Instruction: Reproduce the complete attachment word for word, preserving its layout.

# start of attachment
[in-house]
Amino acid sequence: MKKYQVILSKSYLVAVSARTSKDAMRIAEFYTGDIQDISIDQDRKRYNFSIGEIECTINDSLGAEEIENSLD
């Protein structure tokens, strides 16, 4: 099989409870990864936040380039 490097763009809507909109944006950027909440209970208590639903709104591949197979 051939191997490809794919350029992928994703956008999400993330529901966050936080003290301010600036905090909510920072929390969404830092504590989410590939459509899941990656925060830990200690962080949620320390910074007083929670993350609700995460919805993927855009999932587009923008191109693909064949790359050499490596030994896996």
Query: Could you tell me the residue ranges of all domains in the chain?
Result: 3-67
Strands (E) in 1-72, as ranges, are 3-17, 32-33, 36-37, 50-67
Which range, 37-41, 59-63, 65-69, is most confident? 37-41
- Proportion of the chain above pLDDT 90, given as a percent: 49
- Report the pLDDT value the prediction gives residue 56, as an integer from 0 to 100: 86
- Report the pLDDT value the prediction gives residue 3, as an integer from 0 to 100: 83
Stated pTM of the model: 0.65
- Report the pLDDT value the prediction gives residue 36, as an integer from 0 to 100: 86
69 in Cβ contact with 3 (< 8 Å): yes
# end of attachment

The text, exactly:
[in-house]
Amino acid sequence: MKKYQVILSKSYLVAVSARTSKDAMRIAEFYTGDIQDISIDQDRKRYNFSIGEIECTINDSLGAEEIENSLD
């Protein structure tokens, strides 16, 4: 099989409870990864936040380039 490097763009809507909109944006950027909440209970208590639903709104591949197979 051939191997490809794919350029992928994703956008999400993330529901966050936080003290301010600036905090909510920072929390969404830092504590989410590939459509899941990656925060830990200690962080949620320390910074007083929670993350609700995460919805993927855009999932587009923008191109693909064949790359050499490596030994896996």
Query: Could you tell me the residue ranges of all domains in the chain?
Result: 3-67
Strands (E) in 1-72, as ranges, are 3-17, 32-33, 36-37, 50-67
Which range, 37-41, 59-63, 65-69, is most confident? 37-41
- Proportion of the chain above pLDDT 90, given as a percent: 49
- Report the pLDDT value the prediction gives residue 56, as an integer from 0 to 100: 86
- Report the pLDDT value the prediction gives residue 3, as an integer from 0 to 100: 83
Stated pTM of the model: 0.65
- Report the pLDDT value the prediction gives residue 36, as an integer from 0 to 100: 86
69 in Cβ contact with 3 (< 8 Å): yes